But in their places of origin, Native Americans used it for its psychedelic properties, as it contains a high concentration of mescaline, a hallucinogenic alkaloid.

Where to buy Cactus San Pedro?

If you are interested in having one, you can buy your plant by clicking here:

I hope that with these tips you can have your San Pedro Cactus for many years.


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  1.   Florence said

    Hello Monica. Looking for information about the diseases of San Pedro, I came to your blog, which by the way has concrete, useful information and also beautiful photos. I want to consult you about a Saint Peter that I have had for about 5 years, the son of another Saint Peter who is also mine; It had been growing very healthy, today it is about 50 cm tall and until a few days ago it was all even green, very beautiful. It turns out that about 10 days ago he had grayish spots with some black dots in their center, and they are spreading along the cactus. I don't know what it will be, nor what I can do. For 5 years it has had a lot of sun all day, and it is on the usual plateau, the irrigation is the same as always, and in my country it is mid-summer, very hot. I appreciate what you can advise me on what I can do to help him. A hug. Florence

    1.    Monica Sanchez said

      Hello Florence.
      I recommend you move it to a larger pot. Cacti need a transplant every 1-2 years in order to continue growing healthy.
      You must also pay it with a liquid cactus fertilizer following the instructions specified on the package from spring to late summer.
      A greeting.

  2.   John Farach said

    The San Pedro plant is very beautiful, I have one in my little garden in a pot, in 17 years it has grown in such a way that it measures 2.60 meters. It weighs about 90 kilos, it has seven arms, the most curious thing that has happened is that the largest arm broke due to the action of the wind, since I found it lying on the floor, I was sorry for what happened and I placed it in a bucket with water, result: it grew roots and the strangest thing is that from this part of San Pedro, two beautiful flowers sprouted, white and giving off a delicious aroma, the bad thing is that I had to wait so many years to see it bloom and the flowers they only last 12 hours.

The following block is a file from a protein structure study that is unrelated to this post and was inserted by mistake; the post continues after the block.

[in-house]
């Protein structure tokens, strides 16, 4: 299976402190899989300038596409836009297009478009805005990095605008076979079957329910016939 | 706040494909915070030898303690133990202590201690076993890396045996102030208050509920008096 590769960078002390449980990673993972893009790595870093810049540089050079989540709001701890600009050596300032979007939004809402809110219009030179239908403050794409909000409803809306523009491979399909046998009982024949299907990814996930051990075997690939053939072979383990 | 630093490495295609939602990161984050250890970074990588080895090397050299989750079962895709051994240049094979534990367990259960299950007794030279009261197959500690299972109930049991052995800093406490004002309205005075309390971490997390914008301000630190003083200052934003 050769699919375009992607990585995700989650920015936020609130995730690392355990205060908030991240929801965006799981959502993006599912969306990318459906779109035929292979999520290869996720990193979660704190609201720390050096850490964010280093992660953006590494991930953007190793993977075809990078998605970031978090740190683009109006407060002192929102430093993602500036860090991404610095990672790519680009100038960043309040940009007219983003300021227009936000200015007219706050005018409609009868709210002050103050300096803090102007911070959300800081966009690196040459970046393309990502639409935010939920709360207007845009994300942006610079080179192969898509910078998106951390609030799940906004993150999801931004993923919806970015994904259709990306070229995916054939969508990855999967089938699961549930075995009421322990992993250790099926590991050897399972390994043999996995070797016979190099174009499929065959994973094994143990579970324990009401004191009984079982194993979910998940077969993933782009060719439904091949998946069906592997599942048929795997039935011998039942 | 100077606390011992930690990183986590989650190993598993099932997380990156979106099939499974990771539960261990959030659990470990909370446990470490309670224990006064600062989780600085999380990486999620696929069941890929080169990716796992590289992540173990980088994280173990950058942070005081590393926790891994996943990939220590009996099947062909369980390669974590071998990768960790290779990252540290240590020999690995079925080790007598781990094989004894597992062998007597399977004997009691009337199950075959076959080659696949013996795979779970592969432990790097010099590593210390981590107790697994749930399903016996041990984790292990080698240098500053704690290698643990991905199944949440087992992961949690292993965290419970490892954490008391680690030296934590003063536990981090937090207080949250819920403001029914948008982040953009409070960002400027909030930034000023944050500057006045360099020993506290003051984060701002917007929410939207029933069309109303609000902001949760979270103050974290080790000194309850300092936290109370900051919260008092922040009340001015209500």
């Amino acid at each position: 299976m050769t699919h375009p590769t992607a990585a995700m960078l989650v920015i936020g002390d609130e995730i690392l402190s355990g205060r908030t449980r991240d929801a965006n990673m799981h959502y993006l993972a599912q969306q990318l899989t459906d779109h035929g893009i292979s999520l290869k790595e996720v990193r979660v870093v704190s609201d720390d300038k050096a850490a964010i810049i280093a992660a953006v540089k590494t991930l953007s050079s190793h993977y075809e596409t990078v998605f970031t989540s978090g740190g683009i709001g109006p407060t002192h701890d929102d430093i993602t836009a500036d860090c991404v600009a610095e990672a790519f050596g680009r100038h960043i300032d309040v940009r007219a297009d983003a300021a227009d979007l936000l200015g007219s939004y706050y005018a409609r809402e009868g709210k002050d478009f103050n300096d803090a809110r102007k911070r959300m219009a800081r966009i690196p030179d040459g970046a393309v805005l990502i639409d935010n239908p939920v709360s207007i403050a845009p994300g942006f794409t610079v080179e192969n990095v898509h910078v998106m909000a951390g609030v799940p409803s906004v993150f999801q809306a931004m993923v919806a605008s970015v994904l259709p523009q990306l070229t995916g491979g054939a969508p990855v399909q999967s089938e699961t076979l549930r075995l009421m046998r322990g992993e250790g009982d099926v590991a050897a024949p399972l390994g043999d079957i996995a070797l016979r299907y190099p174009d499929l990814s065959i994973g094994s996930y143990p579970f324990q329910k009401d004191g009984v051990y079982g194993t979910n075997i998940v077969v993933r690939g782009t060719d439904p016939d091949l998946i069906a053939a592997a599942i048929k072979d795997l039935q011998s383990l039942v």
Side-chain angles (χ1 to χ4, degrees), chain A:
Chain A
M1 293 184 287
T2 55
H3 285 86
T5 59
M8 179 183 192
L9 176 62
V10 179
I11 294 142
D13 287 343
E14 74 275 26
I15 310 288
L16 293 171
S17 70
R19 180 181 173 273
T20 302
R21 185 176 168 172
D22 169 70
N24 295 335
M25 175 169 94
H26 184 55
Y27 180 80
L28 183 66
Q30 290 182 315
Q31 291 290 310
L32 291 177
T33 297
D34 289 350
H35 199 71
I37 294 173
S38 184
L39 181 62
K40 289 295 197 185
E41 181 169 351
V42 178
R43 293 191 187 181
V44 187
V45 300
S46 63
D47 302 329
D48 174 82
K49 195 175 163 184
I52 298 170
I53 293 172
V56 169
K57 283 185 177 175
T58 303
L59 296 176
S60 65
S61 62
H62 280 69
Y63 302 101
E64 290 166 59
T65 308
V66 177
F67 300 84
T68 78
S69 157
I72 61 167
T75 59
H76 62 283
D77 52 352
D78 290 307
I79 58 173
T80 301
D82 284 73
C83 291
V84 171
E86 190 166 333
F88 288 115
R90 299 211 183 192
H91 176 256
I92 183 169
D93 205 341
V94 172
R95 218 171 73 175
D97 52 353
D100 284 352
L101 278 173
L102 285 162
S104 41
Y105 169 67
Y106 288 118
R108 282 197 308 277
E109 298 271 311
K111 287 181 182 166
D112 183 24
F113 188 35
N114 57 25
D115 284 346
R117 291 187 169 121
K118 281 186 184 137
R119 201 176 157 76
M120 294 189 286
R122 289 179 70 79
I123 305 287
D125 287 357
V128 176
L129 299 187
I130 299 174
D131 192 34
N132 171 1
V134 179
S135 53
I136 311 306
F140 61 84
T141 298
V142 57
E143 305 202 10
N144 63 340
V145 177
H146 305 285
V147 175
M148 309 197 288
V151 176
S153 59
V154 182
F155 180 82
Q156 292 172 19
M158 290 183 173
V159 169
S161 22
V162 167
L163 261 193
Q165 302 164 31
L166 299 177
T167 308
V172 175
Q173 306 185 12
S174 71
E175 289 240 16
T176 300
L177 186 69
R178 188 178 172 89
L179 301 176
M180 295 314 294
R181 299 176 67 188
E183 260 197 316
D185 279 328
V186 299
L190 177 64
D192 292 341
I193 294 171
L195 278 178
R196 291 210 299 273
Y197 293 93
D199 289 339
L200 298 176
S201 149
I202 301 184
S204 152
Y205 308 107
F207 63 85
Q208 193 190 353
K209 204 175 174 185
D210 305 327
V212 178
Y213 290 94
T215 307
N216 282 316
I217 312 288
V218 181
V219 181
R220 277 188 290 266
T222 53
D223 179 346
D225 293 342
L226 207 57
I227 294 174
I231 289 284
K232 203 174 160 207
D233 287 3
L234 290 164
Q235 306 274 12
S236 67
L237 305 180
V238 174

3.   Claudio said

    Hello Monica,

    I found your blog looking for instructions on how to transplant a San Pedro shoot. I have a mother plant (it is a trunk about 10-12 cm high) from which a sprout came out two years ago. The young shoot is already almost 40 cm tall, and I have been suggested that I detach it from the mother and plant it in its own pot, and I have two questions about it:

    1) The young shoot has started to grow again (it is spring here in the southern hemisphere), you can see it at the tip where it has a lighter green color. Can I detach it from the mother even though she is growing?
    2) If this is the moment to detach it and plant it, how many centimeters should be left under the ground? (I know that beforehand I must let it heal for about 7-10 days, looking dry and shaded).